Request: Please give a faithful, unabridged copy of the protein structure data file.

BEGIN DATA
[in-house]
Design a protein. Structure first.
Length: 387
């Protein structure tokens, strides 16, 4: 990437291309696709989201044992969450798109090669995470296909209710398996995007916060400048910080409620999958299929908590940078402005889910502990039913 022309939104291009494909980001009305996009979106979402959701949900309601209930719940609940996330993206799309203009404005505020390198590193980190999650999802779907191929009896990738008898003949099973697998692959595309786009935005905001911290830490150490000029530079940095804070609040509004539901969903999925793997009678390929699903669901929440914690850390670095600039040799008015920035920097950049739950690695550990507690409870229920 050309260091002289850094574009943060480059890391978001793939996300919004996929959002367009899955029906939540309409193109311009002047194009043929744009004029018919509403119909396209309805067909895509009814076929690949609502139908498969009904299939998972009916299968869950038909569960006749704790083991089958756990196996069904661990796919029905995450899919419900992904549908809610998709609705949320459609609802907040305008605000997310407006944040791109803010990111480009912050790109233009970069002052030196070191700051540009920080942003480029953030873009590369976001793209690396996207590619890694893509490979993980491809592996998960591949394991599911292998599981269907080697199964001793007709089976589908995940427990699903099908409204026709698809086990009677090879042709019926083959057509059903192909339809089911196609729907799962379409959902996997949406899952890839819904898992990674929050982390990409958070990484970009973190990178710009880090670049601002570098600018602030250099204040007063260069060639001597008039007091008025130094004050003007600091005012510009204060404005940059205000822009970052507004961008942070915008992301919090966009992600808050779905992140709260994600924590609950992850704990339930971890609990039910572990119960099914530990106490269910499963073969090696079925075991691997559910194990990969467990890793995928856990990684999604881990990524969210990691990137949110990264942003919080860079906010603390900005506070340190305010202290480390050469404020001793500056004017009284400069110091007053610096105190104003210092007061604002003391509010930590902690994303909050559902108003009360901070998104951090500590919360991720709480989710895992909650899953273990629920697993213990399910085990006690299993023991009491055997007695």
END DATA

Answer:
[in-house]
Design a protein. Structure first.
Length: 387
């Protein structure tokens, strides 16, 4: 990437291309696709989201044992969450798109090669995470296909209710398996995007916060400048910080409620999958299929908590940078402005889910502990039913 022309939104291009494909980001009305996009979106979402959701949900309601209930719940609940996330993206799309203009404005505020390198590193980190999650999802779907191929009896990738008898003949099973697998692959595309786009935005905001911290830490150490000029530079940095804070609040509004539901969903999925793997009678390929699903669901929440914690850390670095600039040799008015920035920097950049739950690695550990507690409870229920 050309260091002289850094574009943060480059890391978001793939996300919004996929959002367009899955029906939540309409193109311009002047194009043929744009004029018919509403119909396209309805067909895509009814076929690949609502139908498969009904299939998972009916299968869950038909569960006749704790083991089958756990196996069904661990796919029905995450899919419900992904549908809610998709609705949320459609609802907040305008605000997310407006944040791109803010990111480009912050790109233009970069002052030196070191700051540009920080942003480029953030873009590369976001793209690396996207590619890694893509490979993980491809592996998960591949394991599911292998599981269907080697199964001793007709089976589908995940427990699903099908409204026709698809086990009677090879042709019926083959057509059903192909339809089911196609729907799962379409959902996997949406899952890839819904898992990674929050982390990409958070990484970009973190990178710009880090670049601002570098600018602030250099204040007063260069060639001597008039007091008025130094004050003007600091005012510009204060404005940059205000822009970052507004961008942070915008992301919090966009992600808050779905992140709260994600924590609950992850704990339930971890609990039910572990119960099914530990106490269910499963073969090696079925075991691997559910194990990969467990890793995928856990990684999604881990990524969210990691990137949110990264942003919080860079906010603390900005506070340190305010202290480390050469404020001793500056004017009284400069110091007053610096105190104003210092007061604002003391509010930590902690994303909050559902108003009360901070998104951090500590919360991720709480989710895992909650899953273990629920697993213990399910085990006690299993023991009491055997007695």